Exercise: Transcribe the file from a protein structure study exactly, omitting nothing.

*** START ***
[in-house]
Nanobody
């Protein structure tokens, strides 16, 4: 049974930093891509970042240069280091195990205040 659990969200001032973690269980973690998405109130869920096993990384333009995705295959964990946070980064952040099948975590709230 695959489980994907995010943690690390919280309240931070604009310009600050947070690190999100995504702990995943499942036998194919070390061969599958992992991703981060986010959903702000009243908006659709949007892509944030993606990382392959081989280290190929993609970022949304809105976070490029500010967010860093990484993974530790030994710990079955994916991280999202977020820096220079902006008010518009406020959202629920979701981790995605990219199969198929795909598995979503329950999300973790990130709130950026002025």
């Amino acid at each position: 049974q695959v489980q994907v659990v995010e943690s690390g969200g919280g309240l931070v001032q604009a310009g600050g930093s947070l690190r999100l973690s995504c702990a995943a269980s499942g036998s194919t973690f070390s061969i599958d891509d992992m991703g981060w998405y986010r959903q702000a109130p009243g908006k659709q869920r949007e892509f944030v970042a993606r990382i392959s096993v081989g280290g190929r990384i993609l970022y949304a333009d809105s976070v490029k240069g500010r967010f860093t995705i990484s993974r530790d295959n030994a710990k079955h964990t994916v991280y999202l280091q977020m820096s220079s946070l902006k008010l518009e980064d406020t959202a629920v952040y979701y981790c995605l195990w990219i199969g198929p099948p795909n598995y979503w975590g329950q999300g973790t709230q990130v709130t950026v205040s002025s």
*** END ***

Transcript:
[in-house]
Nanobody
């Protein structure tokens, strides 16, 4: 049974930093891509970042240069280091195990205040 659990969200001032973690269980973690998405109130869920096993990384333009995705295959964990946070980064952040099948975590709230 695959489980994907995010943690690390919280309240931070604009310009600050947070690190999100995504702990995943499942036998194919070390061969599958992992991703981060986010959903702000009243908006659709949007892509944030993606990382392959081989280290190929993609970022949304809105976070490029500010967010860093990484993974530790030994710990079955994916991280999202977020820096220079902006008010518009406020959202629920979701981790995605990219199969198929795909598995979503329950999300973790990130709130950026002025």
């Amino acid at each position: 049974q695959v489980q994907v659990v995010e943690s690390g969200g919280g309240l931070v001032q604009a310009g600050g930093s947070l690190r999100l973690s995504c702990a995943a269980s499942g036998s194919t973690f070390s061969i599958d891509d992992m991703g981060w998405y986010r959903q702000a109130p009243g908006k659709q869920r949007e892509f944030v970042a993606r990382i392959s096993v081989g280290g190929r990384i993609l970022y949304a333009d809105s976070v490029k240069g500010r967010f860093t995705i990484s993974r530790d295959n030994a710990k079955h964990t994916v991280y999202l280091q977020m820096s220079s946070l902006k008010l518009e980064d406020t959202a629920v952040y979701y981790c995605l195990w990219i199969g198929p099948p795909n598995y979503w975590g329950q999300g973790t709230q990130v709130t950026v205040s002025s």